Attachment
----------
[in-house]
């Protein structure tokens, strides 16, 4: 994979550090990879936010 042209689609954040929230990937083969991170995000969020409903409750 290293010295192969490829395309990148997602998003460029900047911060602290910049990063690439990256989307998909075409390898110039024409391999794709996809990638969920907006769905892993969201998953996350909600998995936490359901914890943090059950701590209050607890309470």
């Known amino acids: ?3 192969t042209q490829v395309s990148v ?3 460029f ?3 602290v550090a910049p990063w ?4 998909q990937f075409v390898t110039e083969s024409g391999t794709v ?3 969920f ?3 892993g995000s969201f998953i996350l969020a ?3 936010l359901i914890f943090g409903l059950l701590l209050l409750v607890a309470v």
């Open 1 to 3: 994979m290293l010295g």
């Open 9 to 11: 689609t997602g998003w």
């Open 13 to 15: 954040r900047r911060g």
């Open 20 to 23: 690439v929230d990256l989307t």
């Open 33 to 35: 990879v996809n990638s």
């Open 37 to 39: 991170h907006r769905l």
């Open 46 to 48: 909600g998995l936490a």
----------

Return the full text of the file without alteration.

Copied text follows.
[in-house]
């Protein structure tokens, strides 16, 4: 994979550090990879936010 042209689609954040929230990937083969991170995000969020409903409750 290293010295192969490829395309990148997602998003460029900047911060602290910049990063690439990256989307998909075409390898110039024409391999794709996809990638969920907006769905892993969201998953996350909600998995936490359901914890943090059950701590209050607890309470």
């Known amino acids: ?3 192969t042209q490829v395309s990148v ?3 460029f ?3 602290v550090a910049p990063w ?4 998909q990937f075409v390898t110039e083969s024409g391999t794709v ?3 969920f ?3 892993g995000s969201f998953i996350l969020a ?3 936010l359901i914890f943090g409903l059950l701590l209050l409750v607890a309470v």
């Open 1 to 3: 994979m290293l010295g």
């Open 9 to 11: 689609t997602g998003w």
């Open 13 to 15: 954040r900047r911060g």
């Open 20 to 23: 690439v929230d990256l989307t």
């Open 33 to 35: 990879v996809n990638s």
């Open 37 to 39: 991170h907006r769905l």
């Open 46 to 48: 909600g998995l936490a």